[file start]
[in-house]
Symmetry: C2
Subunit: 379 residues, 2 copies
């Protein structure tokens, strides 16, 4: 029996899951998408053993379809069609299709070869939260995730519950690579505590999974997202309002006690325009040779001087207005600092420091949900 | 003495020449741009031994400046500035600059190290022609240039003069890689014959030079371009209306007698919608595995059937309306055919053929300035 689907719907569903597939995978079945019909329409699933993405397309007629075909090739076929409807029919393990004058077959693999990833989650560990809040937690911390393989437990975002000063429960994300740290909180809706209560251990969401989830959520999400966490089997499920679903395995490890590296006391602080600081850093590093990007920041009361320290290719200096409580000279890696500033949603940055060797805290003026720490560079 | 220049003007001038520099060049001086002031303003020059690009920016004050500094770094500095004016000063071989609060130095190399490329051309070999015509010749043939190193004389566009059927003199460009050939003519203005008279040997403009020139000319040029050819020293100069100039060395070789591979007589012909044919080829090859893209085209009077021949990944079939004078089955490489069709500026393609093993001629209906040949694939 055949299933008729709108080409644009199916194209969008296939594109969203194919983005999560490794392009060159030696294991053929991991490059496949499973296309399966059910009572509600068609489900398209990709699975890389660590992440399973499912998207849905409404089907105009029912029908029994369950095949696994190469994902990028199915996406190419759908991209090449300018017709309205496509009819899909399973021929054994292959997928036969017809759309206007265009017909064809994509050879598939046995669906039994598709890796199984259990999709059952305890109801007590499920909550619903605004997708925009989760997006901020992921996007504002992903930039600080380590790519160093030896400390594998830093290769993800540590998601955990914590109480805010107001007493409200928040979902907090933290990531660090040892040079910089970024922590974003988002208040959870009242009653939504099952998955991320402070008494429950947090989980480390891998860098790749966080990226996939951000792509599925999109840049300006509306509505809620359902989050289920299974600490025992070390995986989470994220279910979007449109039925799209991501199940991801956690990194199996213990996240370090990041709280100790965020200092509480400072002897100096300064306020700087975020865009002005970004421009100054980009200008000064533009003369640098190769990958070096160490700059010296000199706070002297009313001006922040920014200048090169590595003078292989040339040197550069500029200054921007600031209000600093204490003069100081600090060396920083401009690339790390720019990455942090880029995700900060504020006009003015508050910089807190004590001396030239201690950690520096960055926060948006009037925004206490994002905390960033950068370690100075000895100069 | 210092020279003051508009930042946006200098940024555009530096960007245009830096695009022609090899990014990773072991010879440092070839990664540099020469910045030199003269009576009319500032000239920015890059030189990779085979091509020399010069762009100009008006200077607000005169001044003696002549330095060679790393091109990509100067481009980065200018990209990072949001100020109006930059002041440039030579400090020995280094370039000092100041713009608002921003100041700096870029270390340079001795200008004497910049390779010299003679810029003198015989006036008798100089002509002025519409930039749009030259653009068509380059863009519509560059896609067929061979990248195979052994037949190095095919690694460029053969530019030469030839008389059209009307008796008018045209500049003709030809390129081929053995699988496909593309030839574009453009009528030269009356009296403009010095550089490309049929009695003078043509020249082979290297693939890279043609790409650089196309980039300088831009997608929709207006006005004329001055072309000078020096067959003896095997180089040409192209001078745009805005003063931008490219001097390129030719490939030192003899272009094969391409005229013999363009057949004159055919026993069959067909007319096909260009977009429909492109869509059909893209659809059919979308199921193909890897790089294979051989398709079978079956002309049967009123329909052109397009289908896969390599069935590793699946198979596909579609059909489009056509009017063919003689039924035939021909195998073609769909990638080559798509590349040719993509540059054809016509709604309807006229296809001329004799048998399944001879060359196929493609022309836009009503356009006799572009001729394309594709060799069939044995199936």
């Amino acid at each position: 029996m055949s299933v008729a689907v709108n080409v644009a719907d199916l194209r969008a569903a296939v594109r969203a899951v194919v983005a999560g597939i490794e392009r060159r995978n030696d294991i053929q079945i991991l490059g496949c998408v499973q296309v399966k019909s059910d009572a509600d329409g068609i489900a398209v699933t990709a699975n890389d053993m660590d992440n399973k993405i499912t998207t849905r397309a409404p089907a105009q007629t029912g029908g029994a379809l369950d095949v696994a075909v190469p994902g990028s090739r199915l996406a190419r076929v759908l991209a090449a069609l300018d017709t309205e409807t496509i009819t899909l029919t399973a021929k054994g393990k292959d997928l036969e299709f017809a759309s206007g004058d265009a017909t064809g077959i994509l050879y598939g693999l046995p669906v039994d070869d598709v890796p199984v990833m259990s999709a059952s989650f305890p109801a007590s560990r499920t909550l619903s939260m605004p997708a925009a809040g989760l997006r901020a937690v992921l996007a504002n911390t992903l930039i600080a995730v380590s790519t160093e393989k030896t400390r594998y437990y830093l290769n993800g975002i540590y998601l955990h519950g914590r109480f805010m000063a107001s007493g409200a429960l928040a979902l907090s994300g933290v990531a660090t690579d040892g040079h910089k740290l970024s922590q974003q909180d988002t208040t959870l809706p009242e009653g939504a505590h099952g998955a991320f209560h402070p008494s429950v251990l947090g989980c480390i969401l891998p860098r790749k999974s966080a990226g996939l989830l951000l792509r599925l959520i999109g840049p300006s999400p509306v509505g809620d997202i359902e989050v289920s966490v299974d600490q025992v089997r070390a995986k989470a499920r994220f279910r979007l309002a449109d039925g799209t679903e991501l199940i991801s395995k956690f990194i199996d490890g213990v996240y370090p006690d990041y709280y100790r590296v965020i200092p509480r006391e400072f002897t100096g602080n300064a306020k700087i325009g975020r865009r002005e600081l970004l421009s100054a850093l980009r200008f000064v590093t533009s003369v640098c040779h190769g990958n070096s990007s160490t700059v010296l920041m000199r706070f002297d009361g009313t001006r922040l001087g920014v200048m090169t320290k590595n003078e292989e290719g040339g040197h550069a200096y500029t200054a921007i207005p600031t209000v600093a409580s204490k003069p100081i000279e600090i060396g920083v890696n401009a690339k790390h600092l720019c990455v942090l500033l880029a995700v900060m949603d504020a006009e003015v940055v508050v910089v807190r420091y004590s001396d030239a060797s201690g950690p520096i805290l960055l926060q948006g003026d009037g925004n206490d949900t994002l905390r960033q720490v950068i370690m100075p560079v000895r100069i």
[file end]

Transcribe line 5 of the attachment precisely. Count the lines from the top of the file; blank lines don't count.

């Amino acid at each position: 029996m055949s299933v008729a689907v709108n080409v644009a719907d199916l194209r969008a569903a296939v594109r969203a899951v194919v983005a999560g597939i490794e392009r060159r995978n030696d294991i053929q079945i991991l490059g496949c998408v499973q296309v399966k019909s059910d009572a509600d329409g068609i489900a398209v699933t990709a699975n890389d053993m660590d992440n399973k993405i499912t998207t849905r397309a409404p089907a105009q007629t029912g029908g029994a379809l369950d095949v696994a075909v190469p994902g990028s090739r199915l996406a190419r076929v759908l991209a090449a069609l300018d017709t309205e409807t496509i009819t899909l029919t399973a021929k054994g393990k292959d997928l036969e299709f017809a759309s206007g004058d265009a017909t064809g077959i994509l050879y598939g693999l046995p669906v039994d070869d598709v890796p199984v990833m259990s999709a059952s989650f305890p109801a007590s560990r499920t909550l619903s939260m605004p997708a925009a809040g989760l997006r901020a937690v992921l996007a504002n911390t992903l930039i600080a995730v380590s790519t160093e393989k030896t400390r594998y437990y830093l290769n993800g975002i540590y998601l955990h519950g914590r109480f805010m000063a107001s007493g409200a429960l928040a979902l907090s994300g933290v990531a660090t690579d040892g040079h910089k740290l970024s922590q974003q909180d988002t208040t959870l809706p009242e009653g939504a505590h099952g998955a991320f209560h402070p008494s429950v251990l947090g989980c480390i969401l891998p860098r790749k999974s966080a990226g996939l989830l951000l792509r599925l959520i999109g840049p300006s999400p509306v509505g809620d997202i359902e989050v289920s966490v299974d600490q025992v089997r070390a995986k989470a499920r994220f279910r979007l309002a449109d039925g799209t679903e991501l199940i991801s395995k956690f990194i199996d490890g213990v996240y370090p006690d990041y709280y100790r590296v965020i200092p509480r006391e400072f002897t100096g602080n300064a306020k700087i325009g975020r865009r002005e600081l970004l421009s100054a850093l980009r200008f000064v590093t533009s003369v640098c040779h190769g990958n070096s990007s160490t700059v010296l920041m000199r706070f002297d009361g009313t001006r922040l001087g920014v200048m090169t320290k590595n003078e292989e290719g040339g040197h550069a200096y500029t200054a921007i207005p600031t209000v600093a409580s204490k003069p100081i000279e600090i060396g920083v890696n401009a690339k790390h600092l720019c990455v942090l500033l880029a995700v900060m949603d504020a006009e003015v940055v508050v910089v807190r420091y004590s001396d030239a060797s201690g950690p520096i805290l960055l926060q948006g003026d009037g925004n206490d949900t994002l905390r960033q720490v950068i370690m100075p560079v000895r100069i």